As confirmatory tests, we foresee different tests in animal bioassays because those are clearly not feasible, but testing like amplification tests, or cell based bioassays would clearly offer alternatives as a confirmatory test.

          I would like to thank you for your attention and I am available for questions.

          DR. TelLING:  Thank you, Dr. Raeber. I think I will reserve the time for questions until after all the speakers have completed their presentations. There will be about 15 minutes. What I would like to do now is ask Dr. Soto from the University of Texas to present his findings.  Thank you.

          Agenda Item:  University of Texas.

          DR. SOTO:  Thank you very much. I am going to try to give you an overview of where we are at and what we are doing with our amplification technology for detection.

          As you know, in early diagnostics the sensitive detection of the infectious agent in prion disease is very important.

          PRPSC or PRPTSE is so far the most specific marker for the disease, but the level of other fluids and tissues other than brain, it is very hard to be detected.

          Many of the people who are presenting today are following the approach of designing the more sensitive tests for detection of this marker.

          We have a different angle and say, let's not care too much about detection. Let's try to amplify the level of this marker present in a sample.

          The rationale for amplification is that this is, indeed, what seems to be happening in the disease. If you look at the initial phase of the disease when animals have been infected or humans have been infected, they can be infected with very little, small amounts of PRPSC material, which grows by converting the normal protein, and at the end of the disease you get a very high amount of the mis-folded protein and little is left of the normal protein.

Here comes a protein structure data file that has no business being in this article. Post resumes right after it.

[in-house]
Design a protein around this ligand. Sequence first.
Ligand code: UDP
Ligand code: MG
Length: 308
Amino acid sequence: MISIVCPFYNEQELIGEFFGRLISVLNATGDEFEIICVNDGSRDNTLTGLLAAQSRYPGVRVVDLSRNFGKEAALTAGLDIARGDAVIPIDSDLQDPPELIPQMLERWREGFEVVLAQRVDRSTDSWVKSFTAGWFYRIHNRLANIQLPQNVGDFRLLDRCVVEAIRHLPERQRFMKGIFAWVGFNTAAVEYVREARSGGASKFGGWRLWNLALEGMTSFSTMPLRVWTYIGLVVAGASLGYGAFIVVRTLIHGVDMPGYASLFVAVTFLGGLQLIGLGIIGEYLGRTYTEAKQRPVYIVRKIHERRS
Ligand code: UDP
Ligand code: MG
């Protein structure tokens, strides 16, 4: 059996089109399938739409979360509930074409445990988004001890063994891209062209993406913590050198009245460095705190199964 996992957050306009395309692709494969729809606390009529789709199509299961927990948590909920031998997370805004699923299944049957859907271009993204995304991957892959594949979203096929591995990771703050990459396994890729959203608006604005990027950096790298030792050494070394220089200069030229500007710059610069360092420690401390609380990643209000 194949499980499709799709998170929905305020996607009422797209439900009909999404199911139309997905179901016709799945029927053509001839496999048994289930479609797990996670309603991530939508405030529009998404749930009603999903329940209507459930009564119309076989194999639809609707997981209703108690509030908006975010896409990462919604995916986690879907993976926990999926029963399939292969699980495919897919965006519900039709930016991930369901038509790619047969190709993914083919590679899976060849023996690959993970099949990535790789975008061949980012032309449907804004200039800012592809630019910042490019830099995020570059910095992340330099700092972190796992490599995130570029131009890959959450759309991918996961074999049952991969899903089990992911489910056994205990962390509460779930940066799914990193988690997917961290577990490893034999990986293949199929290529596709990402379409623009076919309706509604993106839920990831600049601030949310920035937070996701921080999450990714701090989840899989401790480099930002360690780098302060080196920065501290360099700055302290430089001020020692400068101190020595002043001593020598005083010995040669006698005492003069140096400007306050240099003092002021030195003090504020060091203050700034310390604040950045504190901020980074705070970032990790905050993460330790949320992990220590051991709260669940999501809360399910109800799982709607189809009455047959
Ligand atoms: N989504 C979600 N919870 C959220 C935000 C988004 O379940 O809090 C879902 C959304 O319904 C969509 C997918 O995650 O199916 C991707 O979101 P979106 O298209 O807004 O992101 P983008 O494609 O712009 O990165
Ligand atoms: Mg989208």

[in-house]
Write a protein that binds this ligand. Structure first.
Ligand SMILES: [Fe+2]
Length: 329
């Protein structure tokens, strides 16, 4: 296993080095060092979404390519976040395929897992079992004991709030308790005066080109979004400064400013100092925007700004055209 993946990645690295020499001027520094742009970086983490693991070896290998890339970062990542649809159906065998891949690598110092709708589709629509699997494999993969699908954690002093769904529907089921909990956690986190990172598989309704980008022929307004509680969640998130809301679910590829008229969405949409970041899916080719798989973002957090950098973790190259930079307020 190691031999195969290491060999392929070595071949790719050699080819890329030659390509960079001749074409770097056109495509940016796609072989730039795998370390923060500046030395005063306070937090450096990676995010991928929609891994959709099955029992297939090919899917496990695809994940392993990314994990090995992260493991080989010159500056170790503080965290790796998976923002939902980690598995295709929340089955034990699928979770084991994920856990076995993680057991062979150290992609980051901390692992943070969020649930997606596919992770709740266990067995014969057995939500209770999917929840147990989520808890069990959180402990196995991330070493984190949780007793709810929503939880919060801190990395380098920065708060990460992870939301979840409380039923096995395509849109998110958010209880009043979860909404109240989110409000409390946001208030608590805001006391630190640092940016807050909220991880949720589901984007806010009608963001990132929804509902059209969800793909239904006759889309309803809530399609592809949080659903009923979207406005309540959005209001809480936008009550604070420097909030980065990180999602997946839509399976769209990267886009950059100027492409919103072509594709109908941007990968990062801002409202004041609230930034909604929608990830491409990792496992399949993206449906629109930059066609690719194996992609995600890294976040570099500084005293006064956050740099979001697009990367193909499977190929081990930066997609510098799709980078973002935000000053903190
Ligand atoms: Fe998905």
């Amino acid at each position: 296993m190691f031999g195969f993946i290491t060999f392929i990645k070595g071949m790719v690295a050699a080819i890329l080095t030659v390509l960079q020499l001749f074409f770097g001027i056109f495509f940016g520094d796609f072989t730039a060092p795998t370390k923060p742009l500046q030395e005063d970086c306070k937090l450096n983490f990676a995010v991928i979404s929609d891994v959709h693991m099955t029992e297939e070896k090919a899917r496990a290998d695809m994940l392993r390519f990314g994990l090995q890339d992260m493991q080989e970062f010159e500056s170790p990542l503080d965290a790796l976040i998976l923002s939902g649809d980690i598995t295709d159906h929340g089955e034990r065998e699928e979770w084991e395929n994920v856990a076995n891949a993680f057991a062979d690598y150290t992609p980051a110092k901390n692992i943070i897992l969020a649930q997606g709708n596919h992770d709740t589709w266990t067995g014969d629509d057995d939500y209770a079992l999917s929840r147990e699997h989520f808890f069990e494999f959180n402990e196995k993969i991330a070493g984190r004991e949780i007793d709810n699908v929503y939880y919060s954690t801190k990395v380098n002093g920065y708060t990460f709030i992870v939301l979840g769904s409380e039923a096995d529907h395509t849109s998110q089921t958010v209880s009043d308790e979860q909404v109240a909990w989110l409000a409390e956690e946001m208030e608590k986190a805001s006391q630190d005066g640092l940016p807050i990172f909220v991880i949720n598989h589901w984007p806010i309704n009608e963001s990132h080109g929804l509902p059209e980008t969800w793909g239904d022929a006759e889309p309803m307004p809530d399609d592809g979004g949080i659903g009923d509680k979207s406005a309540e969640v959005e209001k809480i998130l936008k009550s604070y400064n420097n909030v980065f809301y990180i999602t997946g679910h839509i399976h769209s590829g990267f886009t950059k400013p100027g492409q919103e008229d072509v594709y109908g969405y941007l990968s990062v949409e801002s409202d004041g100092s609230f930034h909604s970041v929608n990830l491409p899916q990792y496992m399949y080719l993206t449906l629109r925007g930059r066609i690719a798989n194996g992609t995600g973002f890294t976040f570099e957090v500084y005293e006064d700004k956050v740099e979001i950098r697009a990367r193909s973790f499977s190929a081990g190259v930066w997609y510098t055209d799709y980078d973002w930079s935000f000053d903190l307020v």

So, we are doing the infection period to the clinical disease. There is a huge amplification of this marker.

          So, the reason that -- one of the good ways to approach the goal is to produce a similar mechanism establishing the disease process, obviously in the test field, and then obviously the biggest challenge is to be able to do it in an affiliated way so that we don't have to wait around the years that it takes this process to appear in vivo.

          So, a number of years ago we came out with this idea of what we call protein folding amplification, which is ways of mimicking the amplification process in vivo, by doing a cellular mode.

          This is again based on what may be happening during the disease and, from the data from many different groups, what seems to be happening with the molecular mechanism of this process is that the misfolded prion protein is, indeed, a small earlier amount composed of similar units of the protein folded in a way that would fit the pathological form.

          The way that this protein transformed the normal protein is by integrating into the aggregate, making this polymer to grow, and the protein is combined into the misfolded form.

          This process is kind of limited by the number of nuclei that you started the process with. So, our idea was to say, well, let's combine this step of growing of this polymer within a study in which we multiplied the number of units available.

          So, for doing that we used ultrasound authentication to break down these big pieces into smaller pieces. So, then now we multiply, we amplify, the number of free ends so in incubation with the normal protein we now have many more units growing at the same time and we can come again with another round of sonication to multiply the units again, then incubate them again with the normal protein and have each of them growing at the same time.